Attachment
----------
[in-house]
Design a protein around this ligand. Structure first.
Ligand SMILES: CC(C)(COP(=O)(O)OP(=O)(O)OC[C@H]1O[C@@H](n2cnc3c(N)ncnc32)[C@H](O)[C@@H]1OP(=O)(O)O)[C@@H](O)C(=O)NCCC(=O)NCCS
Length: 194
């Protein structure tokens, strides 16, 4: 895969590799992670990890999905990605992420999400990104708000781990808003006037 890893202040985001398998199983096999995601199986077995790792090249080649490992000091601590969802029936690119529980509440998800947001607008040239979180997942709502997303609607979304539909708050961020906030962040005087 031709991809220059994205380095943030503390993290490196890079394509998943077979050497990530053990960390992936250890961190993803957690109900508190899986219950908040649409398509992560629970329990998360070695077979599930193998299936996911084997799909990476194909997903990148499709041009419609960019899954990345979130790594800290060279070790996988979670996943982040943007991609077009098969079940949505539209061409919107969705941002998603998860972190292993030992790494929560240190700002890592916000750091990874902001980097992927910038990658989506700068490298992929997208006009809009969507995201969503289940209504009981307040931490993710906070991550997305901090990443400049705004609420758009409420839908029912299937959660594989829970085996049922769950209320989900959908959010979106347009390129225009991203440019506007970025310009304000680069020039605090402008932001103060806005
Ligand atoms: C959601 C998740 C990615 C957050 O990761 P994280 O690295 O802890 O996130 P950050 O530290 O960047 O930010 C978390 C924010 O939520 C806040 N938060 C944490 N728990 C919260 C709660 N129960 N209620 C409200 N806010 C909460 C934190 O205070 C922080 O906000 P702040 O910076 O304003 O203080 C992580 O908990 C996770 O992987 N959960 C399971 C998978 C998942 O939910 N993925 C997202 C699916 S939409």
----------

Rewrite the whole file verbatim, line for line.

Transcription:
[in-house]
Design a protein around this ligand. Structure first.
Ligand SMILES: CC(C)(COP(=O)(O)OP(=O)(O)OC[C@H]1O[C@@H](n2cnc3c(N)ncnc32)[C@H](O)[C@@H]1OP(=O)(O)O)[C@@H](O)C(=O)NCCC(=O)NCCS
Length: 194
């Protein structure tokens, strides 16, 4: 895969590799992670990890999905990605992420999400990104708000781990808003006037 890893202040985001398998199983096999995601199986077995790792090249080649490992000091601590969802029936690119529980509440998800947001607008040239979180997942709502997303609607979304539909708050961020906030962040005087 031709991809220059994205380095943030503390993290490196890079394509998943077979050497990530053990960390992936250890961190993803957690109900508190899986219950908040649409398509992560629970329990998360070695077979599930193998299936996911084997799909990476194909997903990148499709041009419609960019899954990345979130790594800290060279070790996988979670996943982040943007991609077009098969079940949505539209061409919107969705941002998603998860972190292993030992790494929560240190700002890592916000750091990874902001980097992927910038990658989506700068490298992929997208006009809009969507995201969503289940209504009981307040931490993710906070991550997305901090990443400049705004609420758009409420839908029912299937959660594989829970085996049922769950209320989900959908959010979106347009390129225009991203440019506007970025310009304000680069020039605090402008932001103060806005
Ligand atoms: C959601 C998740 C990615 C957050 O990761 P994280 O690295 O802890 O996130 P950050 O530290 O960047 O930010 C978390 C924010 O939520 C806040 N938060 C944490 N728990 C919260 C709660 N129960 N209620 C409200 N806010 C909460 C934190 O205070 C922080 O906000 P702040 O910076 O304003 O203080 C992580 O908990 C996770 O992987 N959960 C399971 C998978 C998942 O939910 N993925 C997202 C699916 S939409």